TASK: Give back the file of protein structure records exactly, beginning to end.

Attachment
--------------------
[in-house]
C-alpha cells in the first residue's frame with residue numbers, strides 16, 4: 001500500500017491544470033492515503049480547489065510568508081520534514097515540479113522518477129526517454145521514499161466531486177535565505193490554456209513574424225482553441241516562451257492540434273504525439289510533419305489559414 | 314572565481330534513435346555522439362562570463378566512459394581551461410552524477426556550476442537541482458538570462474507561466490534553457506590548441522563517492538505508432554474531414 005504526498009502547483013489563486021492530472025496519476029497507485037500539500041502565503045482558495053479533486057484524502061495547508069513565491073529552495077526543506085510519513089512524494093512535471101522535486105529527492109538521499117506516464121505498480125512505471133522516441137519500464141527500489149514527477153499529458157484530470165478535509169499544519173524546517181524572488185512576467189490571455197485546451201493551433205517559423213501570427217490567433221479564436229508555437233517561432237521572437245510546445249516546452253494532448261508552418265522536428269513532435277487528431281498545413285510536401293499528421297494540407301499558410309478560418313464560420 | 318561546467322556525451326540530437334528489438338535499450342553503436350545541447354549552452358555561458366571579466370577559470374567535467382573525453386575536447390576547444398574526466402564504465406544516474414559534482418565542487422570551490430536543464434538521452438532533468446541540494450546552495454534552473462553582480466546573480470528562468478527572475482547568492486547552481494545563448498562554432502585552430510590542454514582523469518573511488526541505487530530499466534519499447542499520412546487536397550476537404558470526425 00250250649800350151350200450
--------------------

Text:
[in-house]
C-alpha cells in the first residue's frame with residue numbers, strides 16, 4: 001500500500017491544470033492515503049480547489065510568508081520534514097515540479113522518477129526517454145521514499161466531486177535565505193490554456209513574424225482553441241516562451257492540434273504525439289510533419305489559414 | 314572565481330534513435346555522439362562570463378566512459394581551461410552524477426556550476442537541482458538570462474507561466490534553457506590548441522563517492538505508432554474531414 005504526498009502547483013489563486021492530472025496519476029497507485037500539500041502565503045482558495053479533486057484524502061495547508069513565491073529552495077526543506085510519513089512524494093512535471101522535486105529527492109538521499117506516464121505498480125512505471133522516441137519500464141527500489149514527477153499529458157484530470165478535509169499544519173524546517181524572488185512576467189490571455197485546451201493551433205517559423213501570427217490567433221479564436229508555437233517561432237521572437245510546445249516546452253494532448261508552418265522536428269513532435277487528431281498545413285510536401293499528421297494540407301499558410309478560418313464560420 | 318561546467322556525451326540530437334528489438338535499450342553503436350545541447354549552452358555561458366571579466370577559470374567535467382573525453386575536447390576547444398574526466402564504465406544516474414559534482418565542487422570551490430536543464434538521452438532533468446541540494450546552495454534552473462553582480466546573480470528562468478527572475482547568492486547552481494545563448498562554432502585552430510590542454514582523469518573511488526541505487530530499466534519499447542499520412546487536397550476537404558470526425 00250250649800350151350200450